Exploring Rui Hachimura's fit with the Los Angeles Lakers

Exploring Rui Hachimura's fit with the Los Angeles Lakers

If you had the Los Angeles Lakers bolstering their forward room before the trade deadline — and sending off multiple future picks to do it — you can pat yourself on the back.

Don't pat too hard, though, because I doubt you had this deal on the bingo card. 

On Monday, ESPN's Adrian Wojnarowski reported that the Lakers were acquiring former lottery pick Rui Hachimura from the Washington Wizards in exchange for Kendrick Nunn and three second round picks — a 2023 second via Chicago (looking real top-40ish), the least favorable of LA or Washington's 2028 second rounder and LA's 2029 second-rounder.

More of a starter trade than a star trade, but you have to crawl before you walk.

The optics of this deal aren't great for Washington; it's not fun trading away a somewhat recent top-10 pick for three second-rounders and a bench guard you don't have long-term belief in. That doesn't mean the move was thoughtless.

Replacing Hachimura's salary with Nunn's makes the Wizards' tax figure a little easier to deal with this season — they're now $1.3 million below the tax line, per Keith Smith — which could make them a candidate for more deals before the deadline. And if there was no intention of retaining Hachimura in the offseason, it's best to get something for him.

(And speaking of the offseason: It's clear the Wizards are gearing up to retain Kyle Kuzma, the former Laker who's blossomed into a multifaceted player.)

The Laker side is more fun to think about.

They've needed reinforcements for a while, especially in the frontcourt. Prior to the deal, LeBron James was really the only bulky, athletic forward on the roster. The slight-bodied nature of the Lakers' wing/forward room has been an issue all season long. Hachimura won't solve that by himself, but he serves as a step in the right direction.

I'm curious to see how Hachimura slots in defensively. He's a mixed bag on the non-glamour end, able to bang and slide with 4s, and manage well enough against 3s. At worst, he should be able to funnel twitchier wings inside to Anthony Davis once he makes his return. 

To be clear, the Lakers do not (or at least should not) view Hachimura as an on-ball stopper. If he can serve as an innings eater of sorts, that will allow LeBron and Davis (when healthy) to patrol the back line. The collective size and length of those three — combined with the screen navigation they get up top from Dennis Schroder — should be the foundation of a solid defensive unit.

Beyond his stature, Hachimura's skill set should be useful for the Lakers. He's a load to deal with when getting downhill. That really shines through in transition, where he's generated 1.19 points per possession (PPP) on transition opportunities over the past two seasons per InStat tracking.

The Lakers rank sixth in the league in transition frequency per Cleaning The Glass, and seventh in the league in pace. Their willingness to push off misses and turnovers should vibe well with Hachimura. That intention picks up when Russell Westbrook is on the floor, an important note considering their time together in Washington.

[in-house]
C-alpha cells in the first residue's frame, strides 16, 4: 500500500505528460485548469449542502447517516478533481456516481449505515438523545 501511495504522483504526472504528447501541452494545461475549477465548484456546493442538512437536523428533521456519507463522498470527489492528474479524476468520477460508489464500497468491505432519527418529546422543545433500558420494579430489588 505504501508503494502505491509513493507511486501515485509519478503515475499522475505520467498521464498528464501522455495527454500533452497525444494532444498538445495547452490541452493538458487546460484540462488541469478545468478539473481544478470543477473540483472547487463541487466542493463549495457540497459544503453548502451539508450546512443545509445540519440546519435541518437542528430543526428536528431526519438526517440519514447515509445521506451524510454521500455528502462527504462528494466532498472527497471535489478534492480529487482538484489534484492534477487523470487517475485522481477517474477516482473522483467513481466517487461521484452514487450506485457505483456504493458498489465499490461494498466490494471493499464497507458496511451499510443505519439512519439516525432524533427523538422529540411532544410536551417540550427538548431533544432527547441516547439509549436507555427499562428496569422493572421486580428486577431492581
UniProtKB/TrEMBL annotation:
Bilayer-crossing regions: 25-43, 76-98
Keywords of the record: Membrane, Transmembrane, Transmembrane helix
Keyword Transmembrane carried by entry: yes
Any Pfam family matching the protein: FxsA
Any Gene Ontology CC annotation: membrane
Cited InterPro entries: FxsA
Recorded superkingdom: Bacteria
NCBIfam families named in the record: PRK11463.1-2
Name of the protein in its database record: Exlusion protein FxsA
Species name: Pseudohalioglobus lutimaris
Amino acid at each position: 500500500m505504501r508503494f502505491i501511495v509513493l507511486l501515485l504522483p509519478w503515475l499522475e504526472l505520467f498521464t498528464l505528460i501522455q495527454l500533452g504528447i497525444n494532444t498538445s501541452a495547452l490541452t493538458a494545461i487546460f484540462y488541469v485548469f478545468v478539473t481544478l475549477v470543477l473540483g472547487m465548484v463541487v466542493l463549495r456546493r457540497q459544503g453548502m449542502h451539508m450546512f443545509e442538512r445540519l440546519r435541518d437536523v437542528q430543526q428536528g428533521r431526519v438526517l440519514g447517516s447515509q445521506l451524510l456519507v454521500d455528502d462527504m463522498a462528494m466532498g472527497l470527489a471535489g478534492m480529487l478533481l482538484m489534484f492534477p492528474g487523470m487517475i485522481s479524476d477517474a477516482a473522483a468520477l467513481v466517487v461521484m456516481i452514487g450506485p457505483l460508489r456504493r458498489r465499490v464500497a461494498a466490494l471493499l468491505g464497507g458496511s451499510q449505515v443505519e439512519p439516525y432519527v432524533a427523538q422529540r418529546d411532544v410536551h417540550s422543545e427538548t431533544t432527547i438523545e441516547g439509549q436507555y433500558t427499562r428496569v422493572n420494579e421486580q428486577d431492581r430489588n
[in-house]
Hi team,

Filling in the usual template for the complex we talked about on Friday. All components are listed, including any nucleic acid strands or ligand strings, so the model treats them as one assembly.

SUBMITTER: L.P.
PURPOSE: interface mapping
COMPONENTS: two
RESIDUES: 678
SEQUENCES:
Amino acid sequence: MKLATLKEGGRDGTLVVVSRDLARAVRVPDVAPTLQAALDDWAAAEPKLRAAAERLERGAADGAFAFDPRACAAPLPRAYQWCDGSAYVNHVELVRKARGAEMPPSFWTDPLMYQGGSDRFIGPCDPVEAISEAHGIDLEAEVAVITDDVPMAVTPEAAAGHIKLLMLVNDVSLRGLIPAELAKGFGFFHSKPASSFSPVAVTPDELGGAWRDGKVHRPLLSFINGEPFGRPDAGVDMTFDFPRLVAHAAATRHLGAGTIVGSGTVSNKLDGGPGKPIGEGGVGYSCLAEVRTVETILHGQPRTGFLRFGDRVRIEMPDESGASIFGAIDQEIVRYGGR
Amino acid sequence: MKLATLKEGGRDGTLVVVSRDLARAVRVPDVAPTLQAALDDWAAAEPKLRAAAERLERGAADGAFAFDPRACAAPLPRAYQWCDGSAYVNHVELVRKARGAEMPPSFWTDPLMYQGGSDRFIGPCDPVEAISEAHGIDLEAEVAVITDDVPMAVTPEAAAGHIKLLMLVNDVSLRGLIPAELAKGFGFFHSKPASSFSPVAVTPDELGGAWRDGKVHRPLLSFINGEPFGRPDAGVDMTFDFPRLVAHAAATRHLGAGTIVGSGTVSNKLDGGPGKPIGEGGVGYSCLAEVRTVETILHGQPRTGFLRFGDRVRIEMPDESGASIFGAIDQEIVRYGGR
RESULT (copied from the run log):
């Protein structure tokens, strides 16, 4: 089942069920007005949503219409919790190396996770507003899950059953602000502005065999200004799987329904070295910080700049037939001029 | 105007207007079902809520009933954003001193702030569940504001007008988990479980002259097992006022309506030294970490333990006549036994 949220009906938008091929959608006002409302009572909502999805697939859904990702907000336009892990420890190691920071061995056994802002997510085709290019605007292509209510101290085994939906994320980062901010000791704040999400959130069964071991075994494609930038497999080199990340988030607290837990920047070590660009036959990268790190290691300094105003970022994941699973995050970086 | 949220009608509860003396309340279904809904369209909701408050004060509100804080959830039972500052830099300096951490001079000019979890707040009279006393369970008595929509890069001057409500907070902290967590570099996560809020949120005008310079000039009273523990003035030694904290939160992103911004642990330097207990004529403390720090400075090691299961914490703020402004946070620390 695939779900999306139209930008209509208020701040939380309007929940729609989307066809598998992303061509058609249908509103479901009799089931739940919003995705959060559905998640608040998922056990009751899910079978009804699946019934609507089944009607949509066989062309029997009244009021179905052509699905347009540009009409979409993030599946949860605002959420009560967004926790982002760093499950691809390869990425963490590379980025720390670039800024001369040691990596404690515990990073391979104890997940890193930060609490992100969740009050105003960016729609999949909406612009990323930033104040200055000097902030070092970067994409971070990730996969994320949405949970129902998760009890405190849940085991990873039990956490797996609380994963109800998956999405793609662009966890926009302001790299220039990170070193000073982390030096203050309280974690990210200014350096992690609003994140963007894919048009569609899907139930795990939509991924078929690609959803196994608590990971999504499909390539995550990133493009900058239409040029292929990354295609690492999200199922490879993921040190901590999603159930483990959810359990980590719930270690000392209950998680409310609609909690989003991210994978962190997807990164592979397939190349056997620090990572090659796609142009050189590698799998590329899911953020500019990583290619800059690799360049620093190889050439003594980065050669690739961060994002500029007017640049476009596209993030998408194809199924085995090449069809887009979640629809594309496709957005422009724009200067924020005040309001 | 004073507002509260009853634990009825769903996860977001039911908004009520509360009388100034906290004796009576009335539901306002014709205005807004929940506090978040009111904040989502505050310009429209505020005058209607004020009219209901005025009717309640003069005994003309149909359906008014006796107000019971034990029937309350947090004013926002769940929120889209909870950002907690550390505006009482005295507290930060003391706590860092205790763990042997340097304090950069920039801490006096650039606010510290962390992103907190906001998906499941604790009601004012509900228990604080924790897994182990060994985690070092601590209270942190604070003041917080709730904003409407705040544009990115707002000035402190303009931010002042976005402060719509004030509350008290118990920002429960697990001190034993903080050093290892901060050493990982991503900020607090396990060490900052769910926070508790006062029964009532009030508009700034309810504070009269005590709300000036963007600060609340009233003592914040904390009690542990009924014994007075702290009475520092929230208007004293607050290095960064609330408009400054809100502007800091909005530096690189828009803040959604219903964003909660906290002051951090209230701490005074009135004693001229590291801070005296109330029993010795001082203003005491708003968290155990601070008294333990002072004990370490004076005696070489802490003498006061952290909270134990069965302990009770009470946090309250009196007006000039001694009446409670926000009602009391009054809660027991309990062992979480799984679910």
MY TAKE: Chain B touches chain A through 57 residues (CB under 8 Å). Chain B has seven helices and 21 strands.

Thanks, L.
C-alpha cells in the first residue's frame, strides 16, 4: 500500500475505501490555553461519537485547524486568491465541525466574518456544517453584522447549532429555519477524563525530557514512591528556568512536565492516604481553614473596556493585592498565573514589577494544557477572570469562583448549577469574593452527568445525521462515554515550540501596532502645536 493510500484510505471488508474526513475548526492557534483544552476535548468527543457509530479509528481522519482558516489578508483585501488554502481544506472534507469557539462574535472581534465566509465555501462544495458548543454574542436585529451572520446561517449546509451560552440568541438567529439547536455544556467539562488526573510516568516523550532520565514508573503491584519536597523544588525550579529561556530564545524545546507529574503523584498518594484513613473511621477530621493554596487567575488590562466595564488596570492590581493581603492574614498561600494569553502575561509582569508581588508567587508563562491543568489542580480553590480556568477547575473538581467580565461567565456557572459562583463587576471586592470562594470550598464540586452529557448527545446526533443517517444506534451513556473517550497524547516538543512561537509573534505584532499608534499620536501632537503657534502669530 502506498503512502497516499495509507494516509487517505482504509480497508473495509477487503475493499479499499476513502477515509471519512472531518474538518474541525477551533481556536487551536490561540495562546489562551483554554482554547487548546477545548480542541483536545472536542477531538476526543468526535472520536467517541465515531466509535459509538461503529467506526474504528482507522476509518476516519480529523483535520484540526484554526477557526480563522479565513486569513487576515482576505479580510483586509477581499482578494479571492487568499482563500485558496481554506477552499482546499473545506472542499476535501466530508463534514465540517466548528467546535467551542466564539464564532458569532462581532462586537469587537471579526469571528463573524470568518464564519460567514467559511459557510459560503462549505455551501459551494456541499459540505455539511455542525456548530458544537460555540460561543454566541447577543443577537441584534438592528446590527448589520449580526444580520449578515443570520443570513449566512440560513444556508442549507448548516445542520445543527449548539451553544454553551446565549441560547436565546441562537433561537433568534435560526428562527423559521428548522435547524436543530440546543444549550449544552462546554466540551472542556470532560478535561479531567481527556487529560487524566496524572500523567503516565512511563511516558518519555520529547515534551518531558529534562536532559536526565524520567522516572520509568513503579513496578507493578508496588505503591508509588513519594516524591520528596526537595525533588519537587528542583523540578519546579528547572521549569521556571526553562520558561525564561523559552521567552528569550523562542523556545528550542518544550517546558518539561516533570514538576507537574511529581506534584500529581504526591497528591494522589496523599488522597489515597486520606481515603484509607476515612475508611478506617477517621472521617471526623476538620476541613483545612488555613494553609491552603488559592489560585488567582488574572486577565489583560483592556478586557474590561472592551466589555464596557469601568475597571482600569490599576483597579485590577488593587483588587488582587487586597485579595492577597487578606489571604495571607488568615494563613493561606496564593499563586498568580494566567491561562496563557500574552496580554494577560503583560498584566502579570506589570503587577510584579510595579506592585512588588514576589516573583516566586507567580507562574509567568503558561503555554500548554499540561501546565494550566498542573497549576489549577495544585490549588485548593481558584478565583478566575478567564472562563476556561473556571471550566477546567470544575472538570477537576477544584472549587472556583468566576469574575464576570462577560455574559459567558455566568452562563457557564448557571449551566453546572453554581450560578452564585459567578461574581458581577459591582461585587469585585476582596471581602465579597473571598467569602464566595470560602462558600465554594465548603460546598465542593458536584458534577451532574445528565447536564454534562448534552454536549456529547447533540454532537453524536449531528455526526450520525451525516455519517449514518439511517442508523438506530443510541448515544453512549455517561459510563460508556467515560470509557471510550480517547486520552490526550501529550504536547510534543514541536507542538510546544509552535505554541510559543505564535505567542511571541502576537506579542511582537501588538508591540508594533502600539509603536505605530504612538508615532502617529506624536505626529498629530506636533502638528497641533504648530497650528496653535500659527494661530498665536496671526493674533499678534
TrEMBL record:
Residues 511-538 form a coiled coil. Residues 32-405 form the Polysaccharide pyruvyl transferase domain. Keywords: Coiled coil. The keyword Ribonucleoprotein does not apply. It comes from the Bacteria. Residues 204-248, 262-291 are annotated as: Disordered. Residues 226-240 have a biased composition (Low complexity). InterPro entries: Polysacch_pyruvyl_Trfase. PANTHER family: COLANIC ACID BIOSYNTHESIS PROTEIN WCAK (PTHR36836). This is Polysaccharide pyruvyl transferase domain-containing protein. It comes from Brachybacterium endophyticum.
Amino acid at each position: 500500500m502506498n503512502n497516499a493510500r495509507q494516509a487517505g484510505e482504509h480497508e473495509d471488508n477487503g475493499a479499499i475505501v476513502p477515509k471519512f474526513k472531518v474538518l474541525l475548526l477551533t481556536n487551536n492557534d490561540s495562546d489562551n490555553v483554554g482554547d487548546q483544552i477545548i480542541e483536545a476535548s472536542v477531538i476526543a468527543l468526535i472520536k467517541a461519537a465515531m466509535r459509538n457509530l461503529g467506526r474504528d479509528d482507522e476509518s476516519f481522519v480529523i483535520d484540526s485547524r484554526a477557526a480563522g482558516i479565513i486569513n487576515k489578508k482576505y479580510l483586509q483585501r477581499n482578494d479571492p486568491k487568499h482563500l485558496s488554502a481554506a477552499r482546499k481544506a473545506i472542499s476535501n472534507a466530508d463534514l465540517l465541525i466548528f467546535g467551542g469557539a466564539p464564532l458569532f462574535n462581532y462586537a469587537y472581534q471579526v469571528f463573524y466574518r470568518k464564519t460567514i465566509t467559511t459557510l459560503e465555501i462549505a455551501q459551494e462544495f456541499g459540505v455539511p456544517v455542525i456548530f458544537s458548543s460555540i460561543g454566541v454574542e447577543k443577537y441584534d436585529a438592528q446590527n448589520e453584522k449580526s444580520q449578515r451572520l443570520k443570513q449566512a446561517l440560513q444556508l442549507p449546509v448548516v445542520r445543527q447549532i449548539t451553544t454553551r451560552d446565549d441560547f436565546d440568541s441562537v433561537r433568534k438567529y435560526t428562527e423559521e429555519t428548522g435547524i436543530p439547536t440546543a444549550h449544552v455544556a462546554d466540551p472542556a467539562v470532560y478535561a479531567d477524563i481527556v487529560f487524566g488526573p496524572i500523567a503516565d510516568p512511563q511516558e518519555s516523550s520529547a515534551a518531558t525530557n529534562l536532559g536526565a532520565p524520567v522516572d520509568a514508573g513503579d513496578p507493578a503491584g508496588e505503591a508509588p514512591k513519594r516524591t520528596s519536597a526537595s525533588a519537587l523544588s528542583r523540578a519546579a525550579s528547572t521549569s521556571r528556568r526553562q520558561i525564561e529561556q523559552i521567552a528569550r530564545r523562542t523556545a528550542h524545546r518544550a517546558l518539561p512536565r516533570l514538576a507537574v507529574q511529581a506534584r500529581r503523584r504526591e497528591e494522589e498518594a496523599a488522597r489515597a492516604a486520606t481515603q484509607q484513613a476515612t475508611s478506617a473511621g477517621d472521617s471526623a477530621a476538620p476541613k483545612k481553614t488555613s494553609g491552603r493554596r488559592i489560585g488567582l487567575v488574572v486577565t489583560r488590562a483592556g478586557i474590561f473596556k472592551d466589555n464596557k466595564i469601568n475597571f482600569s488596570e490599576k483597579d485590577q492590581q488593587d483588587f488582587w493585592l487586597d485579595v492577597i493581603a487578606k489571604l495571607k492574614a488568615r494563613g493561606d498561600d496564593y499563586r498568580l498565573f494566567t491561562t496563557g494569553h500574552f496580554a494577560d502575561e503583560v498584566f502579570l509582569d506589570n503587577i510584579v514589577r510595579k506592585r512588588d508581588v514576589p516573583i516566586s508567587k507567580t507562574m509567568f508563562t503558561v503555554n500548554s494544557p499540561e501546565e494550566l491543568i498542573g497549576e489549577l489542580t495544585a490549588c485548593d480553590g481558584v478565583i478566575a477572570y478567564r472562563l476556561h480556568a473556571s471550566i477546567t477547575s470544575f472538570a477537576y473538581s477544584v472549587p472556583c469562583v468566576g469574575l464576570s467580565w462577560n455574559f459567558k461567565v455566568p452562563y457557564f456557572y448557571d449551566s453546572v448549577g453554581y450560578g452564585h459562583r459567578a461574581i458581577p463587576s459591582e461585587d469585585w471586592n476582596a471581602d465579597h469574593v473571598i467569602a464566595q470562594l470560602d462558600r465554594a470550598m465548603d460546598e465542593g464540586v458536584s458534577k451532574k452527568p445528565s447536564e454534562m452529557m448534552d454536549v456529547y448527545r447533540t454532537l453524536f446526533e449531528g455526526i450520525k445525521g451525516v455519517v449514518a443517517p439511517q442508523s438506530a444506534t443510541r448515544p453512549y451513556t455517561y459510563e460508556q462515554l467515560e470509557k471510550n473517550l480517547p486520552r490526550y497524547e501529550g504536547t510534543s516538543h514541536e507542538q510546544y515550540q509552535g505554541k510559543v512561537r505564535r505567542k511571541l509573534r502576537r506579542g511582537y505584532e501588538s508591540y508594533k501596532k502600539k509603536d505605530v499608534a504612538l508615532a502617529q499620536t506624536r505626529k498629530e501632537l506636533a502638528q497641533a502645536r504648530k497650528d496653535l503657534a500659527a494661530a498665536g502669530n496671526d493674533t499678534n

In the half-court, expect Hachimura to make his money as a complementary piece. He's shown the ability to punish sloppy closeouts by mixing in strong drives with mid-range pull-ups. 

His propensity for turnarounds lead to underwhelming results against mismatches, but he's still someone teams shouldn't feel comfortable stashing smaller players against.

The swing skill for Hachimura will be his three-ball. This is a Laker team starved of reliable shooters — not just in terms of efficiency, but players that defenses allocate extra attention to. Hachimura hasn't accomplished the latter yet, and his efficiency has continued to fluctuate.

He drilled 44.7% of his threes last season, and was even better when filtering for catch-and-shoot looks (47.0%). The volume just wasn't high enough for it to matter (2.7 catch-and-shoot attempts on 2.9 overall per game), especially when considering his previous reputation. It doesn't help that Hachimura is down to 33.3% on catch-and-shoot looks this season, in line with the first two seasons of his career (32.1%). 

In order for this trade to pop offensively, Hachimura will have to ramp up his aggression against smaller defenders — someone with Hachimura's physical gifts drawing 38 shooting fouls over his last 70 games is hard to reckon with — or become a much more willing (and efficient) shooter from deep. Ideally, the Lakers get both, and I don't think either is out of the question.

Hachimura has shooting touch worth believing in. It's also not like Hachimura has dealt with the cleanest path of half-court development once you factor in roster changes, coaching changes and the start-and-stop nature of his availability the past three seasons. 

With the Lakers, he'll have space to explore. LeBron will always draw two to the ball. There will be catch-and-shoot chances and catch-and-drive pockets. 

Zooming out, this is a reasonable gamble for the Lakers considering the price point. If you can get someone with Hachimura's skill set and traits while giving up one (1) asset of moderate consequence (Chicago's second rounder), it's worth exploring.

Though Wojnarowski reported that the Lakers plan to retain Hachimura for the long haul, they also didn't give up enough to "force" them into that decision if he proves to be a poor fit.

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